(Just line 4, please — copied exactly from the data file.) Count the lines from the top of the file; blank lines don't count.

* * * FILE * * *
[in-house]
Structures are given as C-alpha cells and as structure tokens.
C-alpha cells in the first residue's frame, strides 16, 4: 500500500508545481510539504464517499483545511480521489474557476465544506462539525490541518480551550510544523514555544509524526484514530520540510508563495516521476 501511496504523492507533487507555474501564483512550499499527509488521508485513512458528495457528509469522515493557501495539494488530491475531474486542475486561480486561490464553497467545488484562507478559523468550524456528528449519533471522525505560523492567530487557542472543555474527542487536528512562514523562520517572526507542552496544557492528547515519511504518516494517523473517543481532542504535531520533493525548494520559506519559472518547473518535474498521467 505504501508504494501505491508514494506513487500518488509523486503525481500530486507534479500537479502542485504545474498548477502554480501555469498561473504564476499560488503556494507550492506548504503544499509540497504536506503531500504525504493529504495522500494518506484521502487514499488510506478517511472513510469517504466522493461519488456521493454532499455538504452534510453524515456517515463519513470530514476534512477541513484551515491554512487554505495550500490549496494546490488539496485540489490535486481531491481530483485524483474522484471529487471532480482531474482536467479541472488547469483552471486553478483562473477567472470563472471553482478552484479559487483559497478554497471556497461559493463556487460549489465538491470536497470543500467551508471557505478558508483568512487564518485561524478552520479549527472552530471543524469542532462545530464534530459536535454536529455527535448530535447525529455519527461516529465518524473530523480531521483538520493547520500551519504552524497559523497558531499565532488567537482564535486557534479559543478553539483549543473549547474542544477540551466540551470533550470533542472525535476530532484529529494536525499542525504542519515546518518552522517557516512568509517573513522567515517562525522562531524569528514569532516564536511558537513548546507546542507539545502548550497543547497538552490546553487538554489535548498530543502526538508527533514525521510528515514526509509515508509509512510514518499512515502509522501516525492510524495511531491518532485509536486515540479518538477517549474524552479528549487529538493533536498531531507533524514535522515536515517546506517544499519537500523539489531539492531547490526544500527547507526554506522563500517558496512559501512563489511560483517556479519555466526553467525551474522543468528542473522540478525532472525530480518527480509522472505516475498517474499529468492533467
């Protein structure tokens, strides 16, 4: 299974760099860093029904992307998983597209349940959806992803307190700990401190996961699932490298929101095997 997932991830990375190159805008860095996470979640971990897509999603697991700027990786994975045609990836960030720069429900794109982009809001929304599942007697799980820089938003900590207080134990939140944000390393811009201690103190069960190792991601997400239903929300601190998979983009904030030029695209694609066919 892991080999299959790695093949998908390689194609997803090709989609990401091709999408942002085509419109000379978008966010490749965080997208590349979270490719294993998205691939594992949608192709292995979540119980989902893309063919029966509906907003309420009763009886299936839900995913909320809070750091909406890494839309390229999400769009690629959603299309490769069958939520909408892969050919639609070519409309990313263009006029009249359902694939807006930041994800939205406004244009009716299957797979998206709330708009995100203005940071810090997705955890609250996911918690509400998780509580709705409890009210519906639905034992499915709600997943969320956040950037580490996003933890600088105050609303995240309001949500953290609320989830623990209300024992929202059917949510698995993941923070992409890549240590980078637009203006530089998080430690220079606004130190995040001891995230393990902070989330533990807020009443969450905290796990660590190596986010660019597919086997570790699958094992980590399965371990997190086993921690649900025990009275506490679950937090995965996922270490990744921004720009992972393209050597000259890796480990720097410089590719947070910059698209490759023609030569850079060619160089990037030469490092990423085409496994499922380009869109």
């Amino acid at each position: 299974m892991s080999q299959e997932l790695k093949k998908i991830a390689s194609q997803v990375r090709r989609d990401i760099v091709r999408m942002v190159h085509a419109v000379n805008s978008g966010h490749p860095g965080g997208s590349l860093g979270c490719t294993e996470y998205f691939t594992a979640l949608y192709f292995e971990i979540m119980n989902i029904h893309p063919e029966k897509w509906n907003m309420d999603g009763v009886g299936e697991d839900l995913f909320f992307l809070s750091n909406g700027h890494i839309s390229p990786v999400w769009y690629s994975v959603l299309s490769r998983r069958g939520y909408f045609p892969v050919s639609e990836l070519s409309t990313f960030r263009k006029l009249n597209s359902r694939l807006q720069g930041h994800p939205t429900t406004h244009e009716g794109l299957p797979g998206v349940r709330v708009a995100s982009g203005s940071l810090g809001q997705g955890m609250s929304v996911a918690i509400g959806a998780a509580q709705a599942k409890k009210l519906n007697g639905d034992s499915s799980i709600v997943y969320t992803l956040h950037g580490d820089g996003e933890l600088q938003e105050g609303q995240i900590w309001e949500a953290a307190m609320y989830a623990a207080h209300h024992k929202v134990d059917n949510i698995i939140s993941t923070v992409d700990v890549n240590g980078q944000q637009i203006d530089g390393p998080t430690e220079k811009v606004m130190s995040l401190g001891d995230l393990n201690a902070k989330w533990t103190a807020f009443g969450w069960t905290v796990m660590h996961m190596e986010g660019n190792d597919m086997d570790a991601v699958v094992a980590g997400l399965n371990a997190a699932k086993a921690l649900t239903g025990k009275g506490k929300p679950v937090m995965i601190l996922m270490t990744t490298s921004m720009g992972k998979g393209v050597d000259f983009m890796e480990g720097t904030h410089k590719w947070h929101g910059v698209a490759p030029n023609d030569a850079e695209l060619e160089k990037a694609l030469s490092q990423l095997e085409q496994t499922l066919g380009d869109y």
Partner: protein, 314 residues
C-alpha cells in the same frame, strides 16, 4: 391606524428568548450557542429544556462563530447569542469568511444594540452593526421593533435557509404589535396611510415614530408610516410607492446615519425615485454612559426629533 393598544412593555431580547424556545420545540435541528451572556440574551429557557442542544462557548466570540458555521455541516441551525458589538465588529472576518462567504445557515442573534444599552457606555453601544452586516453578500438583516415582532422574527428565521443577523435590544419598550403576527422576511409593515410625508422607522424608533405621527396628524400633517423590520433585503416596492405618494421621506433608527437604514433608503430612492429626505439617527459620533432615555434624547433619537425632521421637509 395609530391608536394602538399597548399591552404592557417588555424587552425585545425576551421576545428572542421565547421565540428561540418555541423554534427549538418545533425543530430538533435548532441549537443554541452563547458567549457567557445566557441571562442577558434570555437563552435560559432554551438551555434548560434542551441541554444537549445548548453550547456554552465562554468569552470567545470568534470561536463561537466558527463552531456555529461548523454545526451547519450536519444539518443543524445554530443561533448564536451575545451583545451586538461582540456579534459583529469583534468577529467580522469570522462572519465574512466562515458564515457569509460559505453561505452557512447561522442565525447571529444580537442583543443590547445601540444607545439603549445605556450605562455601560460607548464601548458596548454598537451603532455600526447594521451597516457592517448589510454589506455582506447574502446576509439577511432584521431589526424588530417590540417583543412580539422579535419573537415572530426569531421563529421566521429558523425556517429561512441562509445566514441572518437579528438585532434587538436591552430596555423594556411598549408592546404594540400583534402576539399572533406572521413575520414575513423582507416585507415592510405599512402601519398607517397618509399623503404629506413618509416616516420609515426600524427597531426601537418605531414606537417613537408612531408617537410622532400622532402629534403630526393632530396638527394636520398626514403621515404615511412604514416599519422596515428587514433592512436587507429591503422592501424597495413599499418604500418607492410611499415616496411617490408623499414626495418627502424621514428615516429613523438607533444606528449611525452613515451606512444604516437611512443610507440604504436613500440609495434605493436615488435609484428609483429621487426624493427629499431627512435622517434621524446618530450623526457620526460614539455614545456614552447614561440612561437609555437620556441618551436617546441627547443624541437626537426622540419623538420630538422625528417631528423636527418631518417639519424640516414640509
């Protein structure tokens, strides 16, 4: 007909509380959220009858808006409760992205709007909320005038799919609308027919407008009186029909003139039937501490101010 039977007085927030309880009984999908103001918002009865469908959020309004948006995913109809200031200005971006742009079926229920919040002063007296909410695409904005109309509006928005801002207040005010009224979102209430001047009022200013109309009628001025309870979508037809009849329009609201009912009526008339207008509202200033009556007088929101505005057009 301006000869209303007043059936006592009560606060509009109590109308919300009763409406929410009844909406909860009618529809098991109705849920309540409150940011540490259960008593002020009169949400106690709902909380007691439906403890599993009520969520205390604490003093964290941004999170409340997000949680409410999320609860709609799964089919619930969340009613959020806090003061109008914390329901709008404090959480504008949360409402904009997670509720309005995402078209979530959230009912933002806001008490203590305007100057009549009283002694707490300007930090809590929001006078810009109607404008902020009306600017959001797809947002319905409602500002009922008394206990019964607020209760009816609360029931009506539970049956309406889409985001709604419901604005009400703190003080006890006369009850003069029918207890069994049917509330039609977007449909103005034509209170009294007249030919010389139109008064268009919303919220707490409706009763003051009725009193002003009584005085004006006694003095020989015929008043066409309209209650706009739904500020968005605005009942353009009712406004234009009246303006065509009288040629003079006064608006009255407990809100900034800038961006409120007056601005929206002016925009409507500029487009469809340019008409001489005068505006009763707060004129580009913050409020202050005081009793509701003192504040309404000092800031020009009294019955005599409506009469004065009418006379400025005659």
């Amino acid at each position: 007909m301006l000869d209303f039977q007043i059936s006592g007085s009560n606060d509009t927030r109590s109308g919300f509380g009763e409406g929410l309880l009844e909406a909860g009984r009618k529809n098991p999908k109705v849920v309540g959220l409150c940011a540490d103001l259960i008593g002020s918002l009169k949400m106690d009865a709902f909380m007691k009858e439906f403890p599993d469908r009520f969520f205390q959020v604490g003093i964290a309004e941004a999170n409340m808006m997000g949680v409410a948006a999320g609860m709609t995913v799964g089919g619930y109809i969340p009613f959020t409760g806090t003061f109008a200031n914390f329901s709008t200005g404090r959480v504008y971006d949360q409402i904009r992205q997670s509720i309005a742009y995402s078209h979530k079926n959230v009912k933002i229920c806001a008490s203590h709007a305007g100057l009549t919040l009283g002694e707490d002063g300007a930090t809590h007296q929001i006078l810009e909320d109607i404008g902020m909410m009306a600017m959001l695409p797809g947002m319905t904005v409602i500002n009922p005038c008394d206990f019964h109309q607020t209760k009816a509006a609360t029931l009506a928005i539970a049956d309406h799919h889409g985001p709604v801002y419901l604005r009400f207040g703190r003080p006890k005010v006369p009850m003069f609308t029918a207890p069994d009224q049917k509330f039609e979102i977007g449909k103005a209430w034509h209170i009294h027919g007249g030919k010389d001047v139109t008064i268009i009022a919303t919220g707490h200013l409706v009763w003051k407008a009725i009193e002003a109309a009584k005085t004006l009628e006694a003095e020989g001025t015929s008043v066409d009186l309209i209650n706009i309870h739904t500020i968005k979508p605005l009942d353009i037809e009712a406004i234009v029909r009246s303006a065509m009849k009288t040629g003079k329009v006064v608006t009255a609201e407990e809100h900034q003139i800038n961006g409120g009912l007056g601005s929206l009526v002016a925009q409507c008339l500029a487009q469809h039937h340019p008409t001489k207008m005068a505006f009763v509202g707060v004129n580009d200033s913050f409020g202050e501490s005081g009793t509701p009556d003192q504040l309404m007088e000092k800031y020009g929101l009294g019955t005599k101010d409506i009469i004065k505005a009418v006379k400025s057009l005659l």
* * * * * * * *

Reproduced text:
């Protein structure tokens, strides 16, 4: 299974760099860093029904992307998983597209349940959806992803307190700990401190996961699932490298929101095997 997932991830990375190159805008860095996470979640971990897509999603697991700027990786994975045609990836960030720069429900794109982009809001929304599942007697799980820089938003900590207080134990939140944000390393811009201690103190069960190792991601997400239903929300601190998979983009904030030029695209694609066919 892991080999299959790695093949998908390689194609997803090709989609990401091709999408942002085509419109000379978008966010490749965080997208590349979270490719294993998205691939594992949608192709292995979540119980989902893309063919029966509906907003309420009763009886299936839900995913909320809070750091909406890494839309390229999400769009690629959603299309490769069958939520909408892969050919639609070519409309990313263009006029009249359902694939807006930041994800939205406004244009009716299957797979998206709330708009995100203005940071810090997705955890609250996911918690509400998780509580709705409890009210519906639905034992499915709600997943969320956040950037580490996003933890600088105050609303995240309001949500953290609320989830623990209300024992929202059917949510698995993941923070992409890549240590980078637009203006530089998080430690220079606004130190995040001891995230393990902070989330533990807020009443969450905290796990660590190596986010660019597919086997570790699958094992980590399965371990997190086993921690649900025990009275506490679950937090995965996922270490990744921004720009992972393209050597000259890796480990720097410089590719947070910059698209490759023609030569850079060619160089990037030469490092990423085409496994499922380009869109």